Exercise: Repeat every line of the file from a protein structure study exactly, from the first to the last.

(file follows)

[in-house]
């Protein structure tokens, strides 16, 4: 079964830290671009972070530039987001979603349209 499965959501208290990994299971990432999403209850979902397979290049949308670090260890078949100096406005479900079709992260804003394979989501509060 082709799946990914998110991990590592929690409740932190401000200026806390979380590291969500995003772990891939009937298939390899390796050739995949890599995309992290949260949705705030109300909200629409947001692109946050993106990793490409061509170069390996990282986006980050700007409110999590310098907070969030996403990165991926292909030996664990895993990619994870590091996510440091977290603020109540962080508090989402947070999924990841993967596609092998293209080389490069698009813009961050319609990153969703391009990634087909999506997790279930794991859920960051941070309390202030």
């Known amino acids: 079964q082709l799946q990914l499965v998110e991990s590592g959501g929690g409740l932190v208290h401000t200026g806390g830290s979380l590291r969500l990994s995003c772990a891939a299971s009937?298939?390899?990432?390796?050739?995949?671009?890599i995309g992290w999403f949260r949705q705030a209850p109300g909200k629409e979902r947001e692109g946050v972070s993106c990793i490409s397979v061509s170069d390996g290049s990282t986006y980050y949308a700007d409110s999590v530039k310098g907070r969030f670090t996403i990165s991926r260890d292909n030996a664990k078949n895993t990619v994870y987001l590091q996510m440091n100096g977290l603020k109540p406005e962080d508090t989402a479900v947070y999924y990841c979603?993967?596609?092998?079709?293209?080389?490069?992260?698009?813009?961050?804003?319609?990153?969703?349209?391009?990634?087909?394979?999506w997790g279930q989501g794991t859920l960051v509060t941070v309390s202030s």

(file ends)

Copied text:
[in-house]
């Protein structure tokens, strides 16, 4: 079964830290671009972070530039987001979603349209 499965959501208290990994299971990432999403209850979902397979290049949308670090260890078949100096406005479900079709992260804003394979989501509060 082709799946990914998110991990590592929690409740932190401000200026806390979380590291969500995003772990891939009937298939390899390796050739995949890599995309992290949260949705705030109300909200629409947001692109946050993106990793490409061509170069390996990282986006980050700007409110999590310098907070969030996403990165991926292909030996664990895993990619994870590091996510440091977290603020109540962080508090989402947070999924990841993967596609092998293209080389490069698009813009961050319609990153969703391009990634087909999506997790279930794991859920960051941070309390202030």
């Known amino acids: 079964q082709l799946q990914l499965v998110e991990s590592g959501g929690g409740l932190v208290h401000t200026g806390g830290s979380l590291r969500l990994s995003c772990a891939a299971s009937?298939?390899?990432?390796?050739?995949?671009?890599i995309g992290w999403f949260r949705q705030a209850p109300g909200k629409e979902r947001e692109g946050v972070s993106c990793i490409s397979v061509s170069d390996g290049s990282t986006y980050y949308a700007d409110s999590v530039k310098g907070r969030f670090t996403i990165s991926r260890d292909n030996a664990k078949n895993t990619v994870y987001l590091q996510m440091n100096g977290l603020k109540p406005e962080d508090t989402a479900v947070y999924y990841c979603?993967?596609?092998?079709?293209?080389?490069?992260?698009?813009?961050?804003?319609?990153?969703?349209?391009?990634?087909?394979?999506w997790g279930q989501g794991t859920l960051v509060t941070v309390s202030s």